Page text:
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Butterfly assemblages in a traditional agricultural landscape: importance of secondary forests for conserving diversity, life history specialists and endemics

Author:
Ohwaki, Atsushi, Tanabe, Shin-Ichi, Nakamura, Koji
Source:
Biodiversity and conservation 2007 v.16 no.5 pp. 1521-1539
ISSN:
0960-3115
Subject:
anthropogenic activities, butterflies, edge effects, grasses, herbs, host plants, host range, indigenous species, multivoltine habit, paddies, secondary forests, species diversity, surveys, univoltine habit, Japan
Abstract:
Satoyama, the traditional agricultural landscape in Japan, has drawn much attention from the viewpoint of biodiversity conservation. It is composed of diverse vegetation types, including secondary forests, paddy fields and cultivated fields in a narrow area (ca. 1 km²). To clarify the characteristics of butterfly assemblage and the relative contribution of each vegetation type to butterfly diversity and endemism in satoyama, we conducted a line-transect survey along a 1.1-km route with five sections (two forest interior, one interior-edge, one edge-openland and one openland). Life history features (voltinism, host plant range and host plant type) and endemism of butterflies were discussed in relation to their abundance and vegetation association. Fifty-one species and 856 individuals were recorded. Species richness was highest in the two sections with edges, 32 and 36 species, respectively. Analysis of vegetation association of each butterfly species showed that 16 species were forest interior species, 24 forest edge species and 11 openland species, indicating that vegetation diversity enhanced butterfly diversity. However, the point is that forest interior and edge species contained many specialists sensitive to human impact (univoltine and/or oligophagous species) and many species within temperate East Asia including all endemic species. In contrast, most openland species were generalists (multivoltine and/or polyphagous species) feeding on herbs/grasses with the widest geographic range. Since secondary forests kept more butterfly diversity and specialists than openlands, and had all endemic species, they must be maintained without over fragmentation in order to avoid loss of specialists and endemics in satoyama.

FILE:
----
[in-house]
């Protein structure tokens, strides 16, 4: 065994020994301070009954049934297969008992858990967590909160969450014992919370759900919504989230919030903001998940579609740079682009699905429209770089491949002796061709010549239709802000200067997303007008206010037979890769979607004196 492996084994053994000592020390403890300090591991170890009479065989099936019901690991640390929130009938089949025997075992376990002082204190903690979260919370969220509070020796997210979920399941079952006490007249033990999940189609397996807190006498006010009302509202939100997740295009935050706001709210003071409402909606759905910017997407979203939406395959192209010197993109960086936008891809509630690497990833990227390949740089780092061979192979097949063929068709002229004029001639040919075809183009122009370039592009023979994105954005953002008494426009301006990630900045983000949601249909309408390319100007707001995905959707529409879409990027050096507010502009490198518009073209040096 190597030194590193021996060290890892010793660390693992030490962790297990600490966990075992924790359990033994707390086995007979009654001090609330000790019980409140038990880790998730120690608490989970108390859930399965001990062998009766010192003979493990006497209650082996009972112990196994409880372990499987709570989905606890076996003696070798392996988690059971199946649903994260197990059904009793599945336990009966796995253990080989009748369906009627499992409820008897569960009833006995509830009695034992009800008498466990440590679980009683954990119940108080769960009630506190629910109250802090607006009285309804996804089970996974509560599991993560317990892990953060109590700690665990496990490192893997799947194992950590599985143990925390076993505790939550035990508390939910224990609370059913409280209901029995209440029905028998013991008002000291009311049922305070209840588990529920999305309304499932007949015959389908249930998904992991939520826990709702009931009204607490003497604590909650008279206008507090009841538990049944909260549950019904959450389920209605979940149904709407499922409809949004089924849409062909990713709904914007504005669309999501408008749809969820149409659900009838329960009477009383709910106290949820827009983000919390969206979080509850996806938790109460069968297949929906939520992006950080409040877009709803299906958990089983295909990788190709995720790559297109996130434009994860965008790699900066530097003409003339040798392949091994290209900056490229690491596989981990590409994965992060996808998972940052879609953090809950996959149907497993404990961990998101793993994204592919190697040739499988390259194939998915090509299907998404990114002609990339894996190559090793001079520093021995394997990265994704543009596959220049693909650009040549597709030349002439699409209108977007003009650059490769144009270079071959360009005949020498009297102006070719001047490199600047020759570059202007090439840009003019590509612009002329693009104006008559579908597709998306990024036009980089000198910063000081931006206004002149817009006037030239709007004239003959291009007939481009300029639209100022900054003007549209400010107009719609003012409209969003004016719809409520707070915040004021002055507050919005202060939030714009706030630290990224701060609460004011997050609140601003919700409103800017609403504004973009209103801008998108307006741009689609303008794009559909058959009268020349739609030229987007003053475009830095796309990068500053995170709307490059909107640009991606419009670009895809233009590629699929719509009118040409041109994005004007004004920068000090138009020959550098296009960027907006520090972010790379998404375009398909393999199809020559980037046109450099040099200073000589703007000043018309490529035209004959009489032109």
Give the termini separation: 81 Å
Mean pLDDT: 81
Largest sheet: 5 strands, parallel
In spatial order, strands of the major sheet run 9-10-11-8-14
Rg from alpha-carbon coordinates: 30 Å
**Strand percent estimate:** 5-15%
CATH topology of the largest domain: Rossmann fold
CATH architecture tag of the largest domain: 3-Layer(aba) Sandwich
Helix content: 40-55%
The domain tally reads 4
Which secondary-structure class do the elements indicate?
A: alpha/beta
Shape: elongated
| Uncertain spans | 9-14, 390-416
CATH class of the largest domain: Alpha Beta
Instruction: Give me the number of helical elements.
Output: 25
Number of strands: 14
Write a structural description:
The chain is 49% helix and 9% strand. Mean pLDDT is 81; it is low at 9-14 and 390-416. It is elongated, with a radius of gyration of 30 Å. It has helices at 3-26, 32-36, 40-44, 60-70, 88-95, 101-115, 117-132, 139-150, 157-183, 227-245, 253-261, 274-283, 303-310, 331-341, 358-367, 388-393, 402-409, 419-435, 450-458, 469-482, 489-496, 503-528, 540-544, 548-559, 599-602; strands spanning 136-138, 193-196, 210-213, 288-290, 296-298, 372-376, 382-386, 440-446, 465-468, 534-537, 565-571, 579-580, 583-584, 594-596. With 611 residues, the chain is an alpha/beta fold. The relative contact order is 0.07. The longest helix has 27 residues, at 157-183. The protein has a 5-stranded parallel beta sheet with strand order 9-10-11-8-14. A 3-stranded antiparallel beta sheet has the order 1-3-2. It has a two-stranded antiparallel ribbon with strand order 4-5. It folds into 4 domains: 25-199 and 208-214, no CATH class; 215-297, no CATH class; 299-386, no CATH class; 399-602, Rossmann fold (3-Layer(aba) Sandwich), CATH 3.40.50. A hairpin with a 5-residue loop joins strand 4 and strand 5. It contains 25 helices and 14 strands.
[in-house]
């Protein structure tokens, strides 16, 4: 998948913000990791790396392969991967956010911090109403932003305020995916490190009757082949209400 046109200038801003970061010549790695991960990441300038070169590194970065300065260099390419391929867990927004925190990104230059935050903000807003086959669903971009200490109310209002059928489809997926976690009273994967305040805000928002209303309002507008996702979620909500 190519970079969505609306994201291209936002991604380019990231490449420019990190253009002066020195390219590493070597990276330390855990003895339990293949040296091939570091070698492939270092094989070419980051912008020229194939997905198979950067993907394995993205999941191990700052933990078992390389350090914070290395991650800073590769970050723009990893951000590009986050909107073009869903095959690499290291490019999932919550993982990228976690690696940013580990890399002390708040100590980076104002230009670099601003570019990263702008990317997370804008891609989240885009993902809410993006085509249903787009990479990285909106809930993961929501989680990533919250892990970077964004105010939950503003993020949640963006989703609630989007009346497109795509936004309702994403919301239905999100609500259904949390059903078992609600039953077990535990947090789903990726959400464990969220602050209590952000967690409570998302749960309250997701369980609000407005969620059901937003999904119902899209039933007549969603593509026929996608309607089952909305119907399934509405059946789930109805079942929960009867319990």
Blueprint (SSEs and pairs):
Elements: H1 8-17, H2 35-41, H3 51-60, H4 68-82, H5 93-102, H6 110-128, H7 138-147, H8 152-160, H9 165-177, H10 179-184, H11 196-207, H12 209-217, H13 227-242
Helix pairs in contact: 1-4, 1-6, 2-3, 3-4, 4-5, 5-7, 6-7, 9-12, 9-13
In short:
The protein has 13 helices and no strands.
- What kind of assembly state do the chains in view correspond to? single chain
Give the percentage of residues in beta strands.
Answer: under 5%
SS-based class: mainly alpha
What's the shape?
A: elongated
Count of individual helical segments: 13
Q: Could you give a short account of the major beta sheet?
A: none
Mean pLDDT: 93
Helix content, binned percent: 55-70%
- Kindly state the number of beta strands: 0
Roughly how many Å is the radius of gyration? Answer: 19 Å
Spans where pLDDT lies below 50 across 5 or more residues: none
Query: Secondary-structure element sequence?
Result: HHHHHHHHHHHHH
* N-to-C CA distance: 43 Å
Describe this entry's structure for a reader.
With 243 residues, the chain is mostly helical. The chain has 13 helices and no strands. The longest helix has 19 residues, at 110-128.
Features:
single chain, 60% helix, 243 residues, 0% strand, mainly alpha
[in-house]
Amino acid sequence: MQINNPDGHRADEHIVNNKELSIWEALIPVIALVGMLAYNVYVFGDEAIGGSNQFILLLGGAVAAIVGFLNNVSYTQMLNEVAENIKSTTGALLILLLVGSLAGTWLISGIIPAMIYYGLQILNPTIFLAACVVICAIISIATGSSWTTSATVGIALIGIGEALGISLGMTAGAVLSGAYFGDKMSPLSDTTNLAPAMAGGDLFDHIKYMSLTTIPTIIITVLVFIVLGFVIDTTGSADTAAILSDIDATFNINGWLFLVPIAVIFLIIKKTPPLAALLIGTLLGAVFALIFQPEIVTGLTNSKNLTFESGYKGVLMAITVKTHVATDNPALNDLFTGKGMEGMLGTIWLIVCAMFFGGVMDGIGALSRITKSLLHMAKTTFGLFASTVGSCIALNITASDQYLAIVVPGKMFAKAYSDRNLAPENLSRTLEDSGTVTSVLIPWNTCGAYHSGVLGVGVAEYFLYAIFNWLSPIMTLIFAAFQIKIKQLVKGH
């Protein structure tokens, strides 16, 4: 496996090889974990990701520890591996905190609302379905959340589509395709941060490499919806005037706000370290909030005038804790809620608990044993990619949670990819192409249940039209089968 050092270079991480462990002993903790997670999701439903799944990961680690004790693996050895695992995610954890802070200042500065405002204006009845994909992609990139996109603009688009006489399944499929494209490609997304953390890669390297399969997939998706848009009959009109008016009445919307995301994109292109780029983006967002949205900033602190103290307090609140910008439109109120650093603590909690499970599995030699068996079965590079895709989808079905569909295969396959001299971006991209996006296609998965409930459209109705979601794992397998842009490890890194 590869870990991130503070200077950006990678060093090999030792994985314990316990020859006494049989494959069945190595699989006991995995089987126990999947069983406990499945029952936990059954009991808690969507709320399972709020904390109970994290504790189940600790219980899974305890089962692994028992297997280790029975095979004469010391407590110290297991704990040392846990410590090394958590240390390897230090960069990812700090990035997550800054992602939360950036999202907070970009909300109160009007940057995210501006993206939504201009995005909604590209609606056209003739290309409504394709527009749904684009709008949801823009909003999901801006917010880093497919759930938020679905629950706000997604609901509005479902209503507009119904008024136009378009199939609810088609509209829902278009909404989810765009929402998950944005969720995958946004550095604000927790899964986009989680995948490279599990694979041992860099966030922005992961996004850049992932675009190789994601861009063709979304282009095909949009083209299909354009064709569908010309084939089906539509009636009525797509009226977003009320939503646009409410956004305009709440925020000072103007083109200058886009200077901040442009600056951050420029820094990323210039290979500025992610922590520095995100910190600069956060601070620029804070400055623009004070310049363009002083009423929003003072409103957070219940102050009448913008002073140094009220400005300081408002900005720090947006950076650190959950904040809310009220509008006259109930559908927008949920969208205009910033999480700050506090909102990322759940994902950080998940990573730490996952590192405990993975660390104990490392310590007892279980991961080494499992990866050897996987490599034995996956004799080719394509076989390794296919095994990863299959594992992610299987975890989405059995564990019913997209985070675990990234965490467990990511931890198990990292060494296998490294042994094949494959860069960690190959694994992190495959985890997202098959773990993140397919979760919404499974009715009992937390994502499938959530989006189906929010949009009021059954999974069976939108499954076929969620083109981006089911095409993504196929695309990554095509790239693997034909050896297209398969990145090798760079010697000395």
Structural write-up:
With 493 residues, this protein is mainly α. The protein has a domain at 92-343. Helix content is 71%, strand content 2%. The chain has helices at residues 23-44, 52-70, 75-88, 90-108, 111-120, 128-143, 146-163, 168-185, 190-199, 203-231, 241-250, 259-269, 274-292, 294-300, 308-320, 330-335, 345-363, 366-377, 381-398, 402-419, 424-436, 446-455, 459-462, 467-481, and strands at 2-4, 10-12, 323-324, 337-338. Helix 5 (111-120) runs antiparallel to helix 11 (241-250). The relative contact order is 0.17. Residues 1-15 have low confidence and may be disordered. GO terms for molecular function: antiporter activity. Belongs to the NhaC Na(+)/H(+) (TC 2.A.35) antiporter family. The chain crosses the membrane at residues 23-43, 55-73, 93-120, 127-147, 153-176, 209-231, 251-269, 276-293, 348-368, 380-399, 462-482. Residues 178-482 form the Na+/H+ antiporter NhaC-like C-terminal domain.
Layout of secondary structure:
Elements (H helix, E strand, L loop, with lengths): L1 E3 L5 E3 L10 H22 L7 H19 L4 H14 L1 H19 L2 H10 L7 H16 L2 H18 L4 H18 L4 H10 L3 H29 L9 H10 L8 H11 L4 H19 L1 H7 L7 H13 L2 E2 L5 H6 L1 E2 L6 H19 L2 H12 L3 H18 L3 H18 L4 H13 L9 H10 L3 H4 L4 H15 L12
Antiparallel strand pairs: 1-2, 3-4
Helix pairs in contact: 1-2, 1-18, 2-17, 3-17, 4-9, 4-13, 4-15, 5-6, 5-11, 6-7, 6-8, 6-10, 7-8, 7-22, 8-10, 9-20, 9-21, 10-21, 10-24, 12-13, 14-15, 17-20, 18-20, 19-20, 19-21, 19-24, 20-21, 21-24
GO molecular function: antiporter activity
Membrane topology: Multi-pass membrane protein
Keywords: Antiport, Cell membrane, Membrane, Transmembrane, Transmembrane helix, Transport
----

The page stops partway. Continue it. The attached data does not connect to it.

Agid:
2920856